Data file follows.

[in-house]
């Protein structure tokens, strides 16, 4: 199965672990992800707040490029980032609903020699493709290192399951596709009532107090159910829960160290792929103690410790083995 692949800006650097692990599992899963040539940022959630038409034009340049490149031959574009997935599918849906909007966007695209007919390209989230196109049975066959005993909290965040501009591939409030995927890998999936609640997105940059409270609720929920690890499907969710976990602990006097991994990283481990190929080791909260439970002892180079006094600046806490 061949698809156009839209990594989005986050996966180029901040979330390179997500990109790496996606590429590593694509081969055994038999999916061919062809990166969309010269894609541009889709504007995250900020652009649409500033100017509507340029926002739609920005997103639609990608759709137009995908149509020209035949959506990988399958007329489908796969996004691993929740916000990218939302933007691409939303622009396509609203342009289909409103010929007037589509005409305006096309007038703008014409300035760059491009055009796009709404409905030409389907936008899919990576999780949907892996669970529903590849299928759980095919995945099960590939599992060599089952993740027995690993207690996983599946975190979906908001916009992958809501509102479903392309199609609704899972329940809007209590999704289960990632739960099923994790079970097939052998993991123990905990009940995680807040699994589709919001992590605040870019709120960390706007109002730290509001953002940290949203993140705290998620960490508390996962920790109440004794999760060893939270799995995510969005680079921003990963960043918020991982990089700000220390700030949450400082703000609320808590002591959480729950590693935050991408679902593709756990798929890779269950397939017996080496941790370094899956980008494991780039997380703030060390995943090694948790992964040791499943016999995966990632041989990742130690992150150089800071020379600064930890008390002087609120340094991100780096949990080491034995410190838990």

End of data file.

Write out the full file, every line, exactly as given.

[in-house]
């Protein structure tokens, strides 16, 4: 199965672990992800707040490029980032609903020699493709290192399951596709009532107090159910829960160290792929103690410790083995 692949800006650097692990599992899963040539940022959630038409034009340049490149031959574009997935599918849906909007966007695209007919390209989230196109049975066959005993909290965040501009591939409030995927890998999936609640997105940059409270609720929920690890499907969710976990602990006097991994990283481990190929080791909260439970002892180079006094600046806490 061949698809156009839209990594989005986050996966180029901040979330390179997500990109790496996606590429590593694509081969055994038999999916061919062809990166969309010269894609541009889709504007995250900020652009649409500033100017509507340029926002739609920005997103639609990608759709137009995908149509020209035949959506990988399958007329489908796969996004691993929740916000990218939302933007691409939303622009396509609203342009289909409103010929007037589509005409305006096309007038703008014409300035760059491009055009796009709404409905030409389907936008899919990576999780949907892996669970529903590849299928759980095919995945099960590939599992060599089952993740027995690993207690996983599946975190979906908001916009992958809501509102479903392309199609609704899972329940809007209590999704289960990632739960099923994790079970097939052998993991123990905990009940995680807040699994589709919001992590605040870019709120960390706007109002730290509001953002940290949203993140705290998620960490508390996962920790109440004794999760060893939270799995995510969005680079921003990963960043918020991982990089700000220390700030949450400082703000609320808590002591959480729950590693935050991408679902593709756990798929890779269950397939017996080496941790370094899956980008494991780039997380703030060390995943090694948790992964040791499943016999995966990632041989990742130690992150150089800071020379600064930890008390002087609120340094991100780096949990080491034995410190838990």